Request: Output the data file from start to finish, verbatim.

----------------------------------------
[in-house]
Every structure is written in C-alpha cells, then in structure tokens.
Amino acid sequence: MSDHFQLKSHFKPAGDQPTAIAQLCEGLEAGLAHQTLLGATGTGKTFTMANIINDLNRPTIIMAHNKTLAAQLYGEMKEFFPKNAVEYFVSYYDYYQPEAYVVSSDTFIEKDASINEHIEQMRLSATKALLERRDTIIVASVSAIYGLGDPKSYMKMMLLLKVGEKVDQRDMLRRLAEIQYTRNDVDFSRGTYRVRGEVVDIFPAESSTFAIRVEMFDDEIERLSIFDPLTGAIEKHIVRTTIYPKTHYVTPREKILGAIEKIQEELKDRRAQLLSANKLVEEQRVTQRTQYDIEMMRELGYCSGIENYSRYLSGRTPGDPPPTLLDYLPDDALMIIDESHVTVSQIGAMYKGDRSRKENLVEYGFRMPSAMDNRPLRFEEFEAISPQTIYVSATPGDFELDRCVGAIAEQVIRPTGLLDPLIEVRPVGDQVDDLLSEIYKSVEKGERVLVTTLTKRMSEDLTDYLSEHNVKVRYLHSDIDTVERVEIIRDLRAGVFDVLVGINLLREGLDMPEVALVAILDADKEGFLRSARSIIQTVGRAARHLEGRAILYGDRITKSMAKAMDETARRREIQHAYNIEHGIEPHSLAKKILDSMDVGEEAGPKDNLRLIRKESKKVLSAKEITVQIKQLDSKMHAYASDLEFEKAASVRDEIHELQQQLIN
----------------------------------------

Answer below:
[in-house]
Every structure is written in C-alpha cells, then in structure tokens.
Amino acid sequence: MSDHFQLKSHFKPAGDQPTAIAQLCEGLEAGLAHQTLLGATGTGKTFTMANIINDLNRPTIIMAHNKTLAAQLYGEMKEFFPKNAVEYFVSYYDYYQPEAYVVSSDTFIEKDASINEHIEQMRLSATKALLERRDTIIVASVSAIYGLGDPKSYMKMMLLLKVGEKVDQRDMLRRLAEIQYTRNDVDFSRGTYRVRGEVVDIFPAESSTFAIRVEMFDDEIERLSIFDPLTGAIEKHIVRTTIYPKTHYVTPREKILGAIEKIQEELKDRRAQLLSANKLVEEQRVTQRTQYDIEMMRELGYCSGIENYSRYLSGRTPGDPPPTLLDYLPDDALMIIDESHVTVSQIGAMYKGDRSRKENLVEYGFRMPSAMDNRPLRFEEFEAISPQTIYVSATPGDFELDRCVGAIAEQVIRPTGLLDPLIEVRPVGDQVDDLLSEIYKSVEKGERVLVTTLTKRMSEDLTDYLSEHNVKVRYLHSDIDTVERVEIIRDLRAGVFDVLVGINLLREGLDMPEVALVAILDADKEGFLRSARSIIQTVGRAARHLEGRAILYGDRITKSMAKAMDETARRREIQHAYNIEHGIEPHSLAKKILDSMDVGEEAGPKDNLRLIRKESKKVLSAKEITVQIKQLDSKMHAYASDLEFEKAASVRDEIHELQQQLIN